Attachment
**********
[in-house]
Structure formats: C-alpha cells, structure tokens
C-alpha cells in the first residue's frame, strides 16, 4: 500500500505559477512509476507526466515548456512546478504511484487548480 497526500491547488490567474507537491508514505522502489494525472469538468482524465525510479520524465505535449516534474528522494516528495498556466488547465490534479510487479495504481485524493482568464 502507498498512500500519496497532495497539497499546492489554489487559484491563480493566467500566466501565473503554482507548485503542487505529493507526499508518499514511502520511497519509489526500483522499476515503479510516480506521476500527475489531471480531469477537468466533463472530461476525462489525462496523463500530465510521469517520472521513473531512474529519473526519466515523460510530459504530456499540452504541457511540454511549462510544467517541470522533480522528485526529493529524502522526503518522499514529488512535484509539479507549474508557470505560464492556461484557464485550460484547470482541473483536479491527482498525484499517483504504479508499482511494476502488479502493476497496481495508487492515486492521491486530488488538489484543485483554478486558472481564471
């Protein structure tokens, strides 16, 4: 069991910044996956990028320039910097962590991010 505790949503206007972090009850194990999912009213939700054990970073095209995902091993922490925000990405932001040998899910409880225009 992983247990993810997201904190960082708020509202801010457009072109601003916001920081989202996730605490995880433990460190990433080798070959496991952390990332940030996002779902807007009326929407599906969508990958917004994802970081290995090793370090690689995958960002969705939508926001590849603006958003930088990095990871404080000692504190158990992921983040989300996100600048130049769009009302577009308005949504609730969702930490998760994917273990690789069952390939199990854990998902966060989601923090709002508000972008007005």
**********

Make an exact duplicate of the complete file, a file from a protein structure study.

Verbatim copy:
[in-house]
Structure formats: C-alpha cells, structure tokens
C-alpha cells in the first residue's frame, strides 16, 4: 500500500505559477512509476507526466515548456512546478504511484487548480 497526500491547488490567474507537491508514505522502489494525472469538468482524465525510479520524465505535449516534474528522494516528495498556466488547465490534479510487479495504481485524493482568464 502507498498512500500519496497532495497539497499546492489554489487559484491563480493566467500566466501565473503554482507548485503542487505529493507526499508518499514511502520511497519509489526500483522499476515503479510516480506521476500527475489531471480531469477537468466533463472530461476525462489525462496523463500530465510521469517520472521513473531512474529519473526519466515523460510530459504530456499540452504541457511540454511549462510544467517541470522533480522528485526529493529524502522526503518522499514529488512535484509539479507549474508557470505560464492556461484557464485550460484547470482541473483536479491527482498525484499517483504504479508499482511494476502488479502493476497496481495508487492515486492521491486530488488538489484543485483554478486558472481564471
């Protein structure tokens, strides 16, 4: 069991910044996956990028320039910097962590991010 505790949503206007972090009850194990999912009213939700054990970073095209995902091993922490925000990405932001040998899910409880225009 992983247990993810997201904190960082708020509202801010457009072109601003916001920081989202996730605490995880433990460190990433080798070959496991952390990332940030996002779902807007009326929407599906969508990958917004994802970081290995090793370090690689995958960002969705939508926001590849603006958003930088990095990871404080000692504190158990992921983040989300996100600048130049769009009302577009308005949504609730969702930490998760994917273990690789069952390939199990854990998902966060989601923090709002508000972008007005």